In picture: People participate in Jallikattu in Alanganallur of Madurai on January 16, 2017, despite a Supreme Court ban on it.IANS

Tamil Nadu is witnessing a groundswell of discontent following the ban of its centuries-old tradition of bull-taming or Jallikattu. Thousands of people from across the state have taken to the street, demanding the government to lift the ban on the sports by the Supreme Court (SC) in 2014.

Animal rights groups like PETA have welcomed the decision of the SC, terming Jallikattu as an extreme cruel sport. However, people of the state took the ban of over 2000-year-old traditional sports as a threat to the culture and the tradition of the state.

[READ: Jallikattu ban: Thousands protest across Tamil Nadu; state Govt promises to hold bull-taming sport]

Interestingly, some have compared Jallikattu to Spanish bullfighting, but in reality, they are as different as chalk and cheese. Here are five major differences between Jallikattu and Spanish bullfighting:

1) Jallikattu is a bull-taming sport. It is also a way to identify the best breed for mating. Meanwhile, Spanish bullfighting is purely for entertainment.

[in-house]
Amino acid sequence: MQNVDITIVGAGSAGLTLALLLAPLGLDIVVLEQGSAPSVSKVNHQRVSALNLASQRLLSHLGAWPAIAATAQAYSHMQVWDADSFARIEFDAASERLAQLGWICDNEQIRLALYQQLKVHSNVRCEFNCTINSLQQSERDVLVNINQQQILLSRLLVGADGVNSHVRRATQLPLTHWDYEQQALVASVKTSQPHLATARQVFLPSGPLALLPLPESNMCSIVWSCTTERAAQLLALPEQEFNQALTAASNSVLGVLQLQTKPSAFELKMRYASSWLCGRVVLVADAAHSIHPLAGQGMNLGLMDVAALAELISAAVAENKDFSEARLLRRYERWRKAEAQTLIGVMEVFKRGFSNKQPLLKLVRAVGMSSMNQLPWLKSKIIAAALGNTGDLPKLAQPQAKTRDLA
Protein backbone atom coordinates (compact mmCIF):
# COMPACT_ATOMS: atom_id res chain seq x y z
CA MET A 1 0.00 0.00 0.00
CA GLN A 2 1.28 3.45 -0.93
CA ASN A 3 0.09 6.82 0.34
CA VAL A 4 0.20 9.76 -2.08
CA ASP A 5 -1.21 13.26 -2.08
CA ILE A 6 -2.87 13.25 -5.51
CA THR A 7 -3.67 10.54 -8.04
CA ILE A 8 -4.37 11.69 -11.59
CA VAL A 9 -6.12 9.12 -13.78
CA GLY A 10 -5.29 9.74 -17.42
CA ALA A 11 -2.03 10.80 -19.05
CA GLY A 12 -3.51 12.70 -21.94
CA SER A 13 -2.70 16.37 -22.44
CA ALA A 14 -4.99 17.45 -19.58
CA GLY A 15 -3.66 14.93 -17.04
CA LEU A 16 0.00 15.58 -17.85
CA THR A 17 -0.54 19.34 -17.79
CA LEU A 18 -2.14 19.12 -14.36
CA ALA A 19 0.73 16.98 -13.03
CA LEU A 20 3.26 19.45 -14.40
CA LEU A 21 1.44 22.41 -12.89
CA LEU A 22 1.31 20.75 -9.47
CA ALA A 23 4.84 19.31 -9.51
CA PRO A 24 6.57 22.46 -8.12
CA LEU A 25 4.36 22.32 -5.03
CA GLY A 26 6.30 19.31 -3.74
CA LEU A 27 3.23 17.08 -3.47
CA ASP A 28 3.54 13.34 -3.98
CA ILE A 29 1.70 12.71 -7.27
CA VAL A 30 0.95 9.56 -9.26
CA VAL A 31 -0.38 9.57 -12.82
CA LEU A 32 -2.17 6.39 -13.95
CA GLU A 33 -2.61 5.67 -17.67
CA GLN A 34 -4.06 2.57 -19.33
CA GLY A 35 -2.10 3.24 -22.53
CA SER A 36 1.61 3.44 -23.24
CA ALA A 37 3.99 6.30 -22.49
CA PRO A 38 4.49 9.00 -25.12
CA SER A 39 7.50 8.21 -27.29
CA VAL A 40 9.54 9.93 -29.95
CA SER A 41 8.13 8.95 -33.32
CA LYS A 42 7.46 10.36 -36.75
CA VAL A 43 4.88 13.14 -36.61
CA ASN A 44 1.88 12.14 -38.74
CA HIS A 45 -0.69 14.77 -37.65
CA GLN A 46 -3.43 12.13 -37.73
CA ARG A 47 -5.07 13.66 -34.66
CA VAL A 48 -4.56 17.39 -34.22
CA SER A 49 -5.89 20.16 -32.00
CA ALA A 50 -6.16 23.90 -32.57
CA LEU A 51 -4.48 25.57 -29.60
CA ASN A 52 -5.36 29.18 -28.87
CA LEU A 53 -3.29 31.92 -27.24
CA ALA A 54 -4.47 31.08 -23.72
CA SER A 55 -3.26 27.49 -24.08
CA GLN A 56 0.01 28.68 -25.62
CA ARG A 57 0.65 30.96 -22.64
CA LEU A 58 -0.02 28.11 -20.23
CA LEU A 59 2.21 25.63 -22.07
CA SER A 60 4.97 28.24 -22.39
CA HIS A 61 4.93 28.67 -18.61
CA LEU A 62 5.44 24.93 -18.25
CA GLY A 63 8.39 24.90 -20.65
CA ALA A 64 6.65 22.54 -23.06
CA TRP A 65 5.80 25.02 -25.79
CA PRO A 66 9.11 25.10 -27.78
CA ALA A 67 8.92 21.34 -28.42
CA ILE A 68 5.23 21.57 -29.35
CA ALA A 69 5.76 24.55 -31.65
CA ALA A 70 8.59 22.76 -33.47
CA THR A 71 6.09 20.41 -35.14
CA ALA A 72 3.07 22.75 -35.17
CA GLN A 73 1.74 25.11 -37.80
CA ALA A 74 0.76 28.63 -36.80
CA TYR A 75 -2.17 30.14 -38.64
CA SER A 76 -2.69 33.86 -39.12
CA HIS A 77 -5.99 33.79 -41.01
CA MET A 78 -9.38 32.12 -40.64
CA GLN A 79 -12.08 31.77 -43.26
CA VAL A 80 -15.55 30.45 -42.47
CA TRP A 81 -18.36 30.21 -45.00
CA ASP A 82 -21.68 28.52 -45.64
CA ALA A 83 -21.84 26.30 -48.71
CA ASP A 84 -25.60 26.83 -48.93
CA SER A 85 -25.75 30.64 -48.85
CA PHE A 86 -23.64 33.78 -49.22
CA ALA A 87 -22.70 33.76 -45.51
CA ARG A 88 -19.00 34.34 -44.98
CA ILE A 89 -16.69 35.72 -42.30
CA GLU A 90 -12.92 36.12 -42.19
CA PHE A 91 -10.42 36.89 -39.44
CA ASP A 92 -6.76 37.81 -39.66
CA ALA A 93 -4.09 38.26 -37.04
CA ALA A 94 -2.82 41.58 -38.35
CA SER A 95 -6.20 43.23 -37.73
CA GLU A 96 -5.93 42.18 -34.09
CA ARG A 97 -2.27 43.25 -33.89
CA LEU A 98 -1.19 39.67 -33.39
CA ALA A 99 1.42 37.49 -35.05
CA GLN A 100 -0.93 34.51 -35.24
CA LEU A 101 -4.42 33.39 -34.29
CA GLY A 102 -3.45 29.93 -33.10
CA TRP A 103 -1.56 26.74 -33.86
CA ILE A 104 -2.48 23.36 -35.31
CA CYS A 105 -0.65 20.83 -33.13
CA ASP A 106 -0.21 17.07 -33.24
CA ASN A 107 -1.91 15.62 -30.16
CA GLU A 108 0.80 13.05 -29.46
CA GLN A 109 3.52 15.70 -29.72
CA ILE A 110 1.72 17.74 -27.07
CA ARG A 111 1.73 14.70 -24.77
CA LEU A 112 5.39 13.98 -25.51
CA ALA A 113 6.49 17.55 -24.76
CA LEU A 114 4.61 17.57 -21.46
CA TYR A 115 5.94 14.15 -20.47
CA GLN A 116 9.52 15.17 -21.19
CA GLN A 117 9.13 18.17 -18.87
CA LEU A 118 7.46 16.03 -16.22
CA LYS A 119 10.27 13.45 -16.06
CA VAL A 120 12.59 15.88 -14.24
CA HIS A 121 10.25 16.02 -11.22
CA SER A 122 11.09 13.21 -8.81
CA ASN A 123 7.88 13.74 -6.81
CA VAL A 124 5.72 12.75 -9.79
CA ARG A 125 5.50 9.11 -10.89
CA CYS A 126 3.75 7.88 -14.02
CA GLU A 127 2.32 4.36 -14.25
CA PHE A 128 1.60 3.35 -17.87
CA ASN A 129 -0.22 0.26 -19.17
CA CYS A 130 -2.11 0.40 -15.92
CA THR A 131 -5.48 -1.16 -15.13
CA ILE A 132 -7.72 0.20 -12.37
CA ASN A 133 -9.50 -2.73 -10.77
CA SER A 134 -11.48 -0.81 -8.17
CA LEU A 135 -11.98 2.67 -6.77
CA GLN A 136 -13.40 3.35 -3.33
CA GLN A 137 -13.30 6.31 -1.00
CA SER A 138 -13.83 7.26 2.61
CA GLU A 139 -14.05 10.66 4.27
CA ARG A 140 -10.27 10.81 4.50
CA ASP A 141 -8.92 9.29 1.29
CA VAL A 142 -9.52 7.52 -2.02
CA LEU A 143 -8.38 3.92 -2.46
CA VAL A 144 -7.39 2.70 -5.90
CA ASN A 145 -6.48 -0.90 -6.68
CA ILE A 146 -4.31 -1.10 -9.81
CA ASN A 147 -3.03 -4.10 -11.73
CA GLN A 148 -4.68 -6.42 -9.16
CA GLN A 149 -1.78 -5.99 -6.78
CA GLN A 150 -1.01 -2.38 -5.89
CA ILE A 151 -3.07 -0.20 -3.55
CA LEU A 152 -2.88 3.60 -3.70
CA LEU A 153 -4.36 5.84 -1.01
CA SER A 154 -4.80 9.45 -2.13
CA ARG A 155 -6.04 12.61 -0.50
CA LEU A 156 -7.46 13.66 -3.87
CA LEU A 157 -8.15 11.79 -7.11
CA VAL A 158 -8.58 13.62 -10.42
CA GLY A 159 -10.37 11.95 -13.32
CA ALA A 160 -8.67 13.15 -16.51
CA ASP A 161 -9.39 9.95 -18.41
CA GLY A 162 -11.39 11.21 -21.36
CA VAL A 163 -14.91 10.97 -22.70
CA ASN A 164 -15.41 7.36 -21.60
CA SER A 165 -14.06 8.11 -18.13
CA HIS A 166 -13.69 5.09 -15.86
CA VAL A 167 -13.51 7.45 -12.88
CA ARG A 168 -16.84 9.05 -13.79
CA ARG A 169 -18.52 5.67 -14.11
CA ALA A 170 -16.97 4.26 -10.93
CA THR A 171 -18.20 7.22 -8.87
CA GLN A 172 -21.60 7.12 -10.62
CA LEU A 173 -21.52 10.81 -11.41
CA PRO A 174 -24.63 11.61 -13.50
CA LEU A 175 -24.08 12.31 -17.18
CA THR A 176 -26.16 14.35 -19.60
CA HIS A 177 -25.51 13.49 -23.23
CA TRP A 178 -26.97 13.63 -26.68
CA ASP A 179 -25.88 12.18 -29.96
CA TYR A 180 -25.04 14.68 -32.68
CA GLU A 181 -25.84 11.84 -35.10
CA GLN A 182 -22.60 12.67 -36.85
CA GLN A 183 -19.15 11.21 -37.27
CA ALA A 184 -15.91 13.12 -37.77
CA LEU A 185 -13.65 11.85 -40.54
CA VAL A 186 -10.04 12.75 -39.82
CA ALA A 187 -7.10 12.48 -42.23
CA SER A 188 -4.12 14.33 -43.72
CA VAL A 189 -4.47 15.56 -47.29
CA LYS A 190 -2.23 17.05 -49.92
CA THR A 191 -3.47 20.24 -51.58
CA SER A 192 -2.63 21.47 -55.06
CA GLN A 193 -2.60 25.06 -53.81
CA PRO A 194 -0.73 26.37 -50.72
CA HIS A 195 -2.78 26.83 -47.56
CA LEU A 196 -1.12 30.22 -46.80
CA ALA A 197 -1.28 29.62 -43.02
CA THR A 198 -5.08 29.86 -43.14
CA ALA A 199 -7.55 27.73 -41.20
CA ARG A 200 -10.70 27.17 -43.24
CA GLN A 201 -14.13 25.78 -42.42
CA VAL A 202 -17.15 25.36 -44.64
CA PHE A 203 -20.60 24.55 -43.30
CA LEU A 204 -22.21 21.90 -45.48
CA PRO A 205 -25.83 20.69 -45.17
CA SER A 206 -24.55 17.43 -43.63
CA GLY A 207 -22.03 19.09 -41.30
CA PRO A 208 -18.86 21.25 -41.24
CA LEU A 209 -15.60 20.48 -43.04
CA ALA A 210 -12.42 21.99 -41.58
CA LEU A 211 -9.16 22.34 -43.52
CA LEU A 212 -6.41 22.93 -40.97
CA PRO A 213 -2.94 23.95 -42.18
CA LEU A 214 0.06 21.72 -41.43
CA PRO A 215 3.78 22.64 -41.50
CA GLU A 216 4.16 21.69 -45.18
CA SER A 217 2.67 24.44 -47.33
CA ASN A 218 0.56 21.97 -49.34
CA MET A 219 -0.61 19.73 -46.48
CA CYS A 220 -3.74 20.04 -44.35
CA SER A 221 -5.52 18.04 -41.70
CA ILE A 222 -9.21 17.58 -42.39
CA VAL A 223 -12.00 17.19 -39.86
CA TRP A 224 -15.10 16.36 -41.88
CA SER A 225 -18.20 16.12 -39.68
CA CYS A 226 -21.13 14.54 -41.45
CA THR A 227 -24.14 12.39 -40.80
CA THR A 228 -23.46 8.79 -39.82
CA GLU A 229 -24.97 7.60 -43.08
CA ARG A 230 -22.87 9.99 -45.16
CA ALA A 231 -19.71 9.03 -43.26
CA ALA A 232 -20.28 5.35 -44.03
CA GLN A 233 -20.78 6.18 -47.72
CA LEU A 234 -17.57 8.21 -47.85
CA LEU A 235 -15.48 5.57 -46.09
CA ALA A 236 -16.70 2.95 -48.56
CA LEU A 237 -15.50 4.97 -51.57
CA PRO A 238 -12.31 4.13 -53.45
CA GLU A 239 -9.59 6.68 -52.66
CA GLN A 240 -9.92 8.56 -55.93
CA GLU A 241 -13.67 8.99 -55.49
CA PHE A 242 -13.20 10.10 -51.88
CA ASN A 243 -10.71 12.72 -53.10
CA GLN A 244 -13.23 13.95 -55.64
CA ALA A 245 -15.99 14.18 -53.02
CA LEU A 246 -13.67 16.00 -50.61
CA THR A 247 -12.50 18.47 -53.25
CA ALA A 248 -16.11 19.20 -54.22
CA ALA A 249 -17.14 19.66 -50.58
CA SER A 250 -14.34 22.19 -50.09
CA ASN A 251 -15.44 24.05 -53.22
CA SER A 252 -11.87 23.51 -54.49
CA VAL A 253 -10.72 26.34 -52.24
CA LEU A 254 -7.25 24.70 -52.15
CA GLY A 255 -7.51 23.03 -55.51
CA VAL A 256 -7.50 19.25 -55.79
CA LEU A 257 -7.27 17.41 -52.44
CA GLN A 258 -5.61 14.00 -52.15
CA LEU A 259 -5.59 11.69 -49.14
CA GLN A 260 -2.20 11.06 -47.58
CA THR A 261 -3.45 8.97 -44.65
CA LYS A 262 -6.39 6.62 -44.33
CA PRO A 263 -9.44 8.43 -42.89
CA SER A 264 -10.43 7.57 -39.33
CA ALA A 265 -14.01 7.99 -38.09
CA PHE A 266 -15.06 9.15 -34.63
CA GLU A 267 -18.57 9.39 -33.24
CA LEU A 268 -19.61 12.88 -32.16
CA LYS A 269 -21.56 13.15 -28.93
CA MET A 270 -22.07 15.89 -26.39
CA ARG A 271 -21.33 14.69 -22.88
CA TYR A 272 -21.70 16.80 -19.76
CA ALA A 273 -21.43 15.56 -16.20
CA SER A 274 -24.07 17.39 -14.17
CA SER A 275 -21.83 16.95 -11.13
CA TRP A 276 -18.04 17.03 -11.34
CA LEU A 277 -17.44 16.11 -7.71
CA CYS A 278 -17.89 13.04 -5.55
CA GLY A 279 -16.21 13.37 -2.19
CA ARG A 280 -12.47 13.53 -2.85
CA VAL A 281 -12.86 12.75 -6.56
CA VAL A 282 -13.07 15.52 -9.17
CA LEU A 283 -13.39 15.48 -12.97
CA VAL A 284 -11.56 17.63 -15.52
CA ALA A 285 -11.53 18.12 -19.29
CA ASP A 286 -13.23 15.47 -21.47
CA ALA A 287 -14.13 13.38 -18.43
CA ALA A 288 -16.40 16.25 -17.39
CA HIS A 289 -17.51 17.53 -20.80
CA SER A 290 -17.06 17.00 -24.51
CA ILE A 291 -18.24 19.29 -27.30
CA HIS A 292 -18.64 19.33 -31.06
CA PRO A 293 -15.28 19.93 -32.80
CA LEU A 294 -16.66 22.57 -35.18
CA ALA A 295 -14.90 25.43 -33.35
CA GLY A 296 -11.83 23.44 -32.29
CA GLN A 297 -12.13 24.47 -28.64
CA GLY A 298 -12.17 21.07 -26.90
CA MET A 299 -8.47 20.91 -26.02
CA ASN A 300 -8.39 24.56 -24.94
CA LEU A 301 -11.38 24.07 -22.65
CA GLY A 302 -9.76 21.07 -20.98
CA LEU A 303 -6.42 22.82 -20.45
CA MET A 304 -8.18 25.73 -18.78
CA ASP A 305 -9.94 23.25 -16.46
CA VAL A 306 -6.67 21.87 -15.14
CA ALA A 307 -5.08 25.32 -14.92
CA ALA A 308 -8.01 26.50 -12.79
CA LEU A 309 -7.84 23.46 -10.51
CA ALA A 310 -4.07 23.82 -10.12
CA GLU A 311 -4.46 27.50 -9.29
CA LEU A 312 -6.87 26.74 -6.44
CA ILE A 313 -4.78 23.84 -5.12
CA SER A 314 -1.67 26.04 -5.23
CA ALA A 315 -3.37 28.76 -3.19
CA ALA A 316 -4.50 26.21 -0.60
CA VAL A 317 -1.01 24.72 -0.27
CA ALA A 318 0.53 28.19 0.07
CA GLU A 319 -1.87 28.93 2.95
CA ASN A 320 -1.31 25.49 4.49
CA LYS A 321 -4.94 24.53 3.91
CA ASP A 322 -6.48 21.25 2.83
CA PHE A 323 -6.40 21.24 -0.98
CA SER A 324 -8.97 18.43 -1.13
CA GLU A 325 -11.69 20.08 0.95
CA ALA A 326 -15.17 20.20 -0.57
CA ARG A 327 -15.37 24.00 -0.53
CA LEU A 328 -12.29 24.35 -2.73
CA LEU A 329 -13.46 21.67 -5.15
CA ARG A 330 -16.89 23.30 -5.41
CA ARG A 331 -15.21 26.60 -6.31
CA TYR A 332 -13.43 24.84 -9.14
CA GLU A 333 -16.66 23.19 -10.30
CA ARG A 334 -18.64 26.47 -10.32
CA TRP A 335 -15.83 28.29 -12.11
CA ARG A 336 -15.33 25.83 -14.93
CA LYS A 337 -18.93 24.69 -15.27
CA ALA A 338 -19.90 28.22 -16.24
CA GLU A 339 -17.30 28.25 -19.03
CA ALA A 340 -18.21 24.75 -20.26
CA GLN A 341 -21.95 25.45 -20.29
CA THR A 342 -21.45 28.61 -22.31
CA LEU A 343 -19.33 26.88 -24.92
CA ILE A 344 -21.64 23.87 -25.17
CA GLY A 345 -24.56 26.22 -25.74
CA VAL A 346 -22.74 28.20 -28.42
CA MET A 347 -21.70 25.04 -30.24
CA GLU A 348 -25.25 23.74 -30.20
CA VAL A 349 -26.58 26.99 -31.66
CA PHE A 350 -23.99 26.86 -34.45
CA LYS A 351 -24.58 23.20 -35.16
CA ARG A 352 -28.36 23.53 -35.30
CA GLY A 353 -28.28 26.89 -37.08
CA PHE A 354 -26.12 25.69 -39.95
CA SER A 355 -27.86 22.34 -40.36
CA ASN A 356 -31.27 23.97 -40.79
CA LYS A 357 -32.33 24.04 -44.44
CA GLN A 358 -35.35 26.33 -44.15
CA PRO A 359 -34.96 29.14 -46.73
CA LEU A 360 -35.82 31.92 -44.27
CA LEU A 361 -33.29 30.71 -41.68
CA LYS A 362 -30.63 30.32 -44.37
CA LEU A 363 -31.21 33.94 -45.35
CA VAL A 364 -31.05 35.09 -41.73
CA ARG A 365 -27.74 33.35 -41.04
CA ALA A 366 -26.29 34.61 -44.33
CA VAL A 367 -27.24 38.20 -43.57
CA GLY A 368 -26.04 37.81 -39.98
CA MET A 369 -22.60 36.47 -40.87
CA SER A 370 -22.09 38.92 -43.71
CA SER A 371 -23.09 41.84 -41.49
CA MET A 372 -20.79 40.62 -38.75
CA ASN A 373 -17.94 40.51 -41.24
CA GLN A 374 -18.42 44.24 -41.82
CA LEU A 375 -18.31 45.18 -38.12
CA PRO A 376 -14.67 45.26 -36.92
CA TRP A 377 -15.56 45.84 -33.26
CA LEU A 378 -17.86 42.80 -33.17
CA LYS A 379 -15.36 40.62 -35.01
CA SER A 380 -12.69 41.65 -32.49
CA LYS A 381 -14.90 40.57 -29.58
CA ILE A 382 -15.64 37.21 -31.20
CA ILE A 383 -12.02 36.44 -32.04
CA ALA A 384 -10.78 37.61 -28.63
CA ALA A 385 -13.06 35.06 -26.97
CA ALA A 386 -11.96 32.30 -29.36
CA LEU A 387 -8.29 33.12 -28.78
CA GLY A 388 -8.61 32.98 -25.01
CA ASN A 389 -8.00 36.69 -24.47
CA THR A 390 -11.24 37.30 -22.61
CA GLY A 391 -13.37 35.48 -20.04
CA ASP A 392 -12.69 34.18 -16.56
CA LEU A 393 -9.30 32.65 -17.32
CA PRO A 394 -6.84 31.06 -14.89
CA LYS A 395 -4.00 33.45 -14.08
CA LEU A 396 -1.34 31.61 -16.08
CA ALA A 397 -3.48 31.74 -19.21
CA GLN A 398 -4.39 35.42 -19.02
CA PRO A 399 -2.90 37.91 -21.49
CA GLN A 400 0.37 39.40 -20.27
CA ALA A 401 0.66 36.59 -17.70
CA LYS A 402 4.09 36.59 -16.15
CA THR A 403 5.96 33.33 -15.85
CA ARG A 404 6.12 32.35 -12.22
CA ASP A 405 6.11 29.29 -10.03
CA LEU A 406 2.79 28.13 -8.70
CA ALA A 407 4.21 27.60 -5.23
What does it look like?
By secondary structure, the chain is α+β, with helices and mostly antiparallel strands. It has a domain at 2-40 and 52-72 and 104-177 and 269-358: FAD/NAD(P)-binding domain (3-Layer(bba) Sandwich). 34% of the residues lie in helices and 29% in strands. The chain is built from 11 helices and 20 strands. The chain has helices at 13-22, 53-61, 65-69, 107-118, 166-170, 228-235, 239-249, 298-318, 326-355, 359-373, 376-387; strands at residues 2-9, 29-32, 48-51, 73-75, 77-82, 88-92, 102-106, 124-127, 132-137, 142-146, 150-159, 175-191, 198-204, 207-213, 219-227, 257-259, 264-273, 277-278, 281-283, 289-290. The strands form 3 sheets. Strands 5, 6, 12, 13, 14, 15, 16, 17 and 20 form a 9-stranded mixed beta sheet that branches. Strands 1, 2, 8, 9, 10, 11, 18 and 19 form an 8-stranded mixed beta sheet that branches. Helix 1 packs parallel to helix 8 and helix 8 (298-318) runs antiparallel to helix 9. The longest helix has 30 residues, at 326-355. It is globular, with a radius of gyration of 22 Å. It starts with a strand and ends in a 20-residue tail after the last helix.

2) Jallikattu contestants hold on to the bull's hump and try to get money or valuables tied to the horns of the bull. They are not allowed to hurt or cause injury to the bull, but Spanish bullfighters are free to inflict injuries and provoke the bulls.

3) Bulls used in Jallikattu are brought up with utmost care. They are not supposed to be hurt, but in Spanish bullfighting, a man on horseback armed with a lance inflicts injuries and tortures the bull.

4) Jallikattu contestants are not even allowed to catch the bull by the horns, forget using weapons. However, participants in Spanish bullfighting stab the bull with weapons, thus weakening the animal by blood-letting.

5) Bulls used in Jallikattu are not killed, though some do die in the melee. Bullfighting in Spain ends only after the bull is killed with a sword.